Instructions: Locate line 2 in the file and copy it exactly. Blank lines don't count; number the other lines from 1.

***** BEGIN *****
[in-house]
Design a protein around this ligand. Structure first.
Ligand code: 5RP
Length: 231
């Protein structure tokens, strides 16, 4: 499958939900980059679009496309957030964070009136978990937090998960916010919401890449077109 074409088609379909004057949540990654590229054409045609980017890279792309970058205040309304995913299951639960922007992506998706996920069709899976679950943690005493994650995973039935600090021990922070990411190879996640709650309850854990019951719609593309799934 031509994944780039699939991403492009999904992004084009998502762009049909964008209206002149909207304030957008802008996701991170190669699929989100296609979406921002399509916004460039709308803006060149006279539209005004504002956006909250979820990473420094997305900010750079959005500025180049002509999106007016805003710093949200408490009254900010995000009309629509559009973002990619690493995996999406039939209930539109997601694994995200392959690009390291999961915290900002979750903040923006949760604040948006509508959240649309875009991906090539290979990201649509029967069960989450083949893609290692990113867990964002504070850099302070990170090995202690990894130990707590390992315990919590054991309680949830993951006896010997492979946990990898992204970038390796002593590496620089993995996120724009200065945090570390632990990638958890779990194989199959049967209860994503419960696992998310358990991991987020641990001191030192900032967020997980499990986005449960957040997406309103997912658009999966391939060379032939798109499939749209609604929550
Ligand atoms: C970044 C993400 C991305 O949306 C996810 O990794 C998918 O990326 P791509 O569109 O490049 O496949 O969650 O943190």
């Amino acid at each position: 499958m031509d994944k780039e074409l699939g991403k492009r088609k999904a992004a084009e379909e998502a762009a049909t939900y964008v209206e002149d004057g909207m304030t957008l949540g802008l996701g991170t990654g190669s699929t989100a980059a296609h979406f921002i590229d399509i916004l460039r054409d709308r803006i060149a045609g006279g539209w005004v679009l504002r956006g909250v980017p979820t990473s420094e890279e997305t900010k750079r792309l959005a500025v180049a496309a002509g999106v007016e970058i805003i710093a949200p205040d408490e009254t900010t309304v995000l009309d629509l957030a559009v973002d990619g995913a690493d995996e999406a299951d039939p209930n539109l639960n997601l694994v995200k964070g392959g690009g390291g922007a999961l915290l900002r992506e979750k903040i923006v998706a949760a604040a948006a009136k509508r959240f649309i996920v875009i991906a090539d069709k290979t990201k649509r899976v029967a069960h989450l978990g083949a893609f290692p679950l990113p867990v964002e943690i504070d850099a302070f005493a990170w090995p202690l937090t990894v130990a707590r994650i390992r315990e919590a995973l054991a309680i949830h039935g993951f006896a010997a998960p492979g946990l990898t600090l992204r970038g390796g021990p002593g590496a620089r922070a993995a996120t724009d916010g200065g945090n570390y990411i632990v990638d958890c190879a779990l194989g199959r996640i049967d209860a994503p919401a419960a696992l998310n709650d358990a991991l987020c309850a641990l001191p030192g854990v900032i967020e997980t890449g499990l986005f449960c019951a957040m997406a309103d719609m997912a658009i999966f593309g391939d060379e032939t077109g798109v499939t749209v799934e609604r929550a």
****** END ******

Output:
Design a protein around this ligand. Structure first.